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Special Issue "Viruses and the Ubiquitin/Proteasome System"

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A special issue of Viruses (ISSN 1999-4915). This special issue belongs to the section "Animal Viruses".

Deadline for manuscript submissions: closed (31 March 2015)

Special Issue Editor

Guest Editor
Dr. Matthew D. Weitzman

Associate Director, Center for Cellular and Molecular Therapeutics, The Children's Hospital of Philadelphia, 302B Abramson Research Center, 3615 Civic Center Blvd. Philadelphia, PA 19104-4318, USA
Website | E-Mail
Phone: 267 425 2068
Interests: Virology; Virus Replication; DNA Damage and Repair; Genome Instability; Viral Vectors

Special Issue Information

Submission

Manuscripts should be submitted online at www.mdpi.com by registering and logging in to this website. Once you are registered, click here to go to the submission form. Manuscripts can be submitted until the deadline. Papers will be published continuously (as soon as accepted) and will be listed together on the special issue website. Research articles, review articles as well as communications are invited. For planned papers, a title and short abstract (about 100 words) can be sent to the Editorial Office for announcement on this website.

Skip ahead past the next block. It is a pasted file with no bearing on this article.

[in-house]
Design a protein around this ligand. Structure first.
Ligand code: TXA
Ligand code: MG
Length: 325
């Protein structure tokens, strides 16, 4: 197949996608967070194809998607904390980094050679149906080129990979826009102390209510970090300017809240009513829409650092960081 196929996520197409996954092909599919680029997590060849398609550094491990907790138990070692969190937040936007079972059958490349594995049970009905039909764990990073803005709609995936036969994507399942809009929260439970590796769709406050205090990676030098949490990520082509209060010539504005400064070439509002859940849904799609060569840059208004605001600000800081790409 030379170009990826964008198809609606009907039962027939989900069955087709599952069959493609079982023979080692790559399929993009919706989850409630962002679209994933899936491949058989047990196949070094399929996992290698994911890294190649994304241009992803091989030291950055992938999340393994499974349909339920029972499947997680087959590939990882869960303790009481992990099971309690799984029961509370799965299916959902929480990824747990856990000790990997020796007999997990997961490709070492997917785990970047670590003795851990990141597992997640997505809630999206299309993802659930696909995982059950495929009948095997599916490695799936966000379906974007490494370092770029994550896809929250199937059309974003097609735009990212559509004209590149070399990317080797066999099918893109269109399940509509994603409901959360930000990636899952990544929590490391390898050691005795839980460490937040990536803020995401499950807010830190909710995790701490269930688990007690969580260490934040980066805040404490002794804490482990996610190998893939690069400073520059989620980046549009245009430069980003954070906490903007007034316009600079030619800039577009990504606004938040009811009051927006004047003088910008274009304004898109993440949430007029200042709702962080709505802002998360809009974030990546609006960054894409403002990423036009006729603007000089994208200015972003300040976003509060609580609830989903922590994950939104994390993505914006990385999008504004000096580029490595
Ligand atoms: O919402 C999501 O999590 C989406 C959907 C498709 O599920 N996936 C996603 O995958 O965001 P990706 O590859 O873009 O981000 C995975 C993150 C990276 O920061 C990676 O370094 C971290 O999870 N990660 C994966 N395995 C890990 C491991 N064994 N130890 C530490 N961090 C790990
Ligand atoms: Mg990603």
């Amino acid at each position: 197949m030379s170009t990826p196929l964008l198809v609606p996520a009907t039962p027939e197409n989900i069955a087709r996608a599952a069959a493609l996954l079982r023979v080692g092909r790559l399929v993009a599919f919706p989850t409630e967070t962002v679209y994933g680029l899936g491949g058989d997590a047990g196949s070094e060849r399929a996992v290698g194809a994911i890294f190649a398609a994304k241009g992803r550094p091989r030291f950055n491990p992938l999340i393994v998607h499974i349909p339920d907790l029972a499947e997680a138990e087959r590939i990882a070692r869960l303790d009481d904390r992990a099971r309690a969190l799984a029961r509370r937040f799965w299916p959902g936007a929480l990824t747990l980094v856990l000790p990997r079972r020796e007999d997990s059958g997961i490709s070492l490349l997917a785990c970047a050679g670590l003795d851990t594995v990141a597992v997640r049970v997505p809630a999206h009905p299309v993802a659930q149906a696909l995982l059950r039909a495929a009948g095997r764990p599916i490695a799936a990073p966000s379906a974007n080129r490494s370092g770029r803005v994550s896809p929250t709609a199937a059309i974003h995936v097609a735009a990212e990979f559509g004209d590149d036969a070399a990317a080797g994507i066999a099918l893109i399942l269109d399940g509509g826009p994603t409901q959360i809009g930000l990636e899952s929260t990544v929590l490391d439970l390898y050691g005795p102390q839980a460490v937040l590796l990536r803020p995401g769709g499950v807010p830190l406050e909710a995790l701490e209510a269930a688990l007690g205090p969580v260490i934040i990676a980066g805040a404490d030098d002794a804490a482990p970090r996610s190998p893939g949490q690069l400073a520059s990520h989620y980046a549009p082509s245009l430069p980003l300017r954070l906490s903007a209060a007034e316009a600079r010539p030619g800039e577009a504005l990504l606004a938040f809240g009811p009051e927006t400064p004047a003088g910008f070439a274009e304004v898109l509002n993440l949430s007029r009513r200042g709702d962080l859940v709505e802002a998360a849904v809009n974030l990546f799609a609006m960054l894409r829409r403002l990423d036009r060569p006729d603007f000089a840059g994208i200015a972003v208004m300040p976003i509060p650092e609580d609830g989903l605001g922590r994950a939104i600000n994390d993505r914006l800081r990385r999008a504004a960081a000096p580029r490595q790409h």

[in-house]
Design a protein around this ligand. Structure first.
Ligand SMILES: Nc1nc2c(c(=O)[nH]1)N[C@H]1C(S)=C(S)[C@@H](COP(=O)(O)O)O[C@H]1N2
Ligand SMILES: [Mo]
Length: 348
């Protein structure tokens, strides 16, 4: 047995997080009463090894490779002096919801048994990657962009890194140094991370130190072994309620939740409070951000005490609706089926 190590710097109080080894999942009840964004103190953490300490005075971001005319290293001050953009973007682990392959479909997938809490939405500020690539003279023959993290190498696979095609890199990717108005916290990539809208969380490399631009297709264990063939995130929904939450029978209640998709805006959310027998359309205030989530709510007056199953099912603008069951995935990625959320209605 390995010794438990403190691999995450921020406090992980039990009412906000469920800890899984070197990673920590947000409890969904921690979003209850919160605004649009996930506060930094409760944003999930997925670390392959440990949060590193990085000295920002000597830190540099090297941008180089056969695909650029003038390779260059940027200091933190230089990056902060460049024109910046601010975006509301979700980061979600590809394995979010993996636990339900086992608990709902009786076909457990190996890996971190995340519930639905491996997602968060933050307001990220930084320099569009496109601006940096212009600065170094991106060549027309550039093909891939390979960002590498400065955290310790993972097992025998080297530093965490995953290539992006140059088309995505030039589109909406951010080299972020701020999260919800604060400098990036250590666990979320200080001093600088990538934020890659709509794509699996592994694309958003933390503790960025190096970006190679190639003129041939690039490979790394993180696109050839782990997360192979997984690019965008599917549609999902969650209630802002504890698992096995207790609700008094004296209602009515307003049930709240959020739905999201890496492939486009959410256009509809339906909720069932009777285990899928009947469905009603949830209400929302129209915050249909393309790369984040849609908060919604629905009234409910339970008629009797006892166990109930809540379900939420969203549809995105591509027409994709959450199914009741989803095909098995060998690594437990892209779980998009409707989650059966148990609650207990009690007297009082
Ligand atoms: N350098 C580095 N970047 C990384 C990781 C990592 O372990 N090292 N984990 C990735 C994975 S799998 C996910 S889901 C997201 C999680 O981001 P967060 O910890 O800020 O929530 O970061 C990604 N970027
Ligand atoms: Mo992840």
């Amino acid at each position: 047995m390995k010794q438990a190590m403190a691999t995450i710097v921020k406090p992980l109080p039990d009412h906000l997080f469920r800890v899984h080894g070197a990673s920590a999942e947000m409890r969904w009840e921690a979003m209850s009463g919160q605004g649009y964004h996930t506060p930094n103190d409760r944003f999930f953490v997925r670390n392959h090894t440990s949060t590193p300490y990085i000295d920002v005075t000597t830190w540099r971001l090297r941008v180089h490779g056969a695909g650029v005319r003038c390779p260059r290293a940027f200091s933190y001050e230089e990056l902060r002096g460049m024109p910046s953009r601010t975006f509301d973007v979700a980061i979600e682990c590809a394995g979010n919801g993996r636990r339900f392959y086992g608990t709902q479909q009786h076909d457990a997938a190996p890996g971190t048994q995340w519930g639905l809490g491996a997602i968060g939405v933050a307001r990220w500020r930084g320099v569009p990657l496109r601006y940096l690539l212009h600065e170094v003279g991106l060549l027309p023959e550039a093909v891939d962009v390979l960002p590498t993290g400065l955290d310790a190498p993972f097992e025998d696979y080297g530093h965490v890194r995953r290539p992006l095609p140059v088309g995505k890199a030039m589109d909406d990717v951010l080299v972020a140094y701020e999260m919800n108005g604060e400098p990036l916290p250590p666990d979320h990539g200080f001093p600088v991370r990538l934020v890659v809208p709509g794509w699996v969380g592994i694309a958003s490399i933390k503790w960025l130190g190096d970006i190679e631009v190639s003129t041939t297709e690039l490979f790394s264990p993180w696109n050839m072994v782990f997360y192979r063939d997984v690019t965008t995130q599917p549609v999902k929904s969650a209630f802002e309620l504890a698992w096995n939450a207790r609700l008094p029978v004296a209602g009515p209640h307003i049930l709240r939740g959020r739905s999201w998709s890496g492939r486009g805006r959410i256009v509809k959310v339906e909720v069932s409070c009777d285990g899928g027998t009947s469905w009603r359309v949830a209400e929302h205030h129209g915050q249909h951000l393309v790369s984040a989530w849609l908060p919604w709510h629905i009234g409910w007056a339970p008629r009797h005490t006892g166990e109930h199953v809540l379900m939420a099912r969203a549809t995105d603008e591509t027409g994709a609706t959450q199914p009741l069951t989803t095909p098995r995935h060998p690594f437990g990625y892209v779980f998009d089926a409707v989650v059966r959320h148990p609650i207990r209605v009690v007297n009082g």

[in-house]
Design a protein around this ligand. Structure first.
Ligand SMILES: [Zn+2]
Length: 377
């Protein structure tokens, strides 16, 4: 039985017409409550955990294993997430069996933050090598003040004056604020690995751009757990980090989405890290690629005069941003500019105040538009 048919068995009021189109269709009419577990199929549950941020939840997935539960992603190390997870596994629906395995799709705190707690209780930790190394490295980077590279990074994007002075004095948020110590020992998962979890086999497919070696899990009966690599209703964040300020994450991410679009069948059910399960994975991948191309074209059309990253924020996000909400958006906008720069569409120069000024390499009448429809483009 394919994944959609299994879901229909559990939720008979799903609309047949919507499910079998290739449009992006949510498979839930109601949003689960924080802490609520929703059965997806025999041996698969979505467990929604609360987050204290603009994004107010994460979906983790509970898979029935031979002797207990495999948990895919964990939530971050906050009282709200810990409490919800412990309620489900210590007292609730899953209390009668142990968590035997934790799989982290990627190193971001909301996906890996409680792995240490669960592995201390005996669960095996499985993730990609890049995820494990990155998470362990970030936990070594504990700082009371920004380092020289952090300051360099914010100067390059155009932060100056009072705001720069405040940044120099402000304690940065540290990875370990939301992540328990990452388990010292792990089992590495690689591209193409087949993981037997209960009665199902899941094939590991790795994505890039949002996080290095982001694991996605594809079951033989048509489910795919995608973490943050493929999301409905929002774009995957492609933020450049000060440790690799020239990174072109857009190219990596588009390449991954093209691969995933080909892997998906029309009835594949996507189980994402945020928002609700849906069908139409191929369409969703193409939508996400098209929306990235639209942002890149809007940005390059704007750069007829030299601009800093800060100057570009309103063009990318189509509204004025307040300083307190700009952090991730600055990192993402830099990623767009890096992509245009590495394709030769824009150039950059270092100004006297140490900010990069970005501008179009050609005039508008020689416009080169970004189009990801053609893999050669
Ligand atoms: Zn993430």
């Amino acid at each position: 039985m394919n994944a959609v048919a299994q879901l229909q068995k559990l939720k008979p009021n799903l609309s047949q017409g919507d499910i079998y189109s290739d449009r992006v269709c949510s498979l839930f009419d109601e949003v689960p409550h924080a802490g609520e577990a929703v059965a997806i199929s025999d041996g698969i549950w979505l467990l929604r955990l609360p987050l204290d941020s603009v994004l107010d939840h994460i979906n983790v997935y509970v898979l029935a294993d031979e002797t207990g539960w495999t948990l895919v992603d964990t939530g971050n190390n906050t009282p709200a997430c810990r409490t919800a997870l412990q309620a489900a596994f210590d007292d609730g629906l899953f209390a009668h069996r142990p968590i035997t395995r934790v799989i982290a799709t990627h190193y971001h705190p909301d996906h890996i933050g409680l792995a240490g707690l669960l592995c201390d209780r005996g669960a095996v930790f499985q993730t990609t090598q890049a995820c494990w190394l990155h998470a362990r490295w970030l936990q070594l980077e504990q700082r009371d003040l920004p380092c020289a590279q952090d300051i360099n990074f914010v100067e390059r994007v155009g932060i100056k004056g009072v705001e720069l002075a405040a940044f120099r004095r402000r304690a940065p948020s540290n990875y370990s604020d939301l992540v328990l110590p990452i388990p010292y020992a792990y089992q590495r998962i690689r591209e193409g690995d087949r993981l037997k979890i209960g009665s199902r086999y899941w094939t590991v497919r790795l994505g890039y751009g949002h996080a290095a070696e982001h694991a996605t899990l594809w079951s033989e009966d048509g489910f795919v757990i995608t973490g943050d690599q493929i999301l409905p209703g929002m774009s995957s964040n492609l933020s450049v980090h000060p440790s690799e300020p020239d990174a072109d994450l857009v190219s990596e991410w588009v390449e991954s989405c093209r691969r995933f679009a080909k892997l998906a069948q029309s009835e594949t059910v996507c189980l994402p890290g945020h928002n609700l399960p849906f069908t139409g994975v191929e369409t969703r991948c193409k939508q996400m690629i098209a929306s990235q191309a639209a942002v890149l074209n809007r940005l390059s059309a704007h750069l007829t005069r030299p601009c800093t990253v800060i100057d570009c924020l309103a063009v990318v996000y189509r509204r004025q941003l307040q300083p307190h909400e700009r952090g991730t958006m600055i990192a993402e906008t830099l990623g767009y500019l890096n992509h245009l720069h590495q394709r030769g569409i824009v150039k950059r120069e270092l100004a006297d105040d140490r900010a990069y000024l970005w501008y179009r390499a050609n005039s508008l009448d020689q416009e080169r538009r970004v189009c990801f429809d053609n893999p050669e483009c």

Submitted manuscripts should not have been published previously, nor be under consideration for publication elsewhere (except conference proceedings papers). All manuscripts are refereed through a peer-review process. A guide for authors and other relevant information for submission of manuscripts is available on the Instructions for Authors page. Viruses is an international peer-reviewed Open Access monthly journal published by MDPI.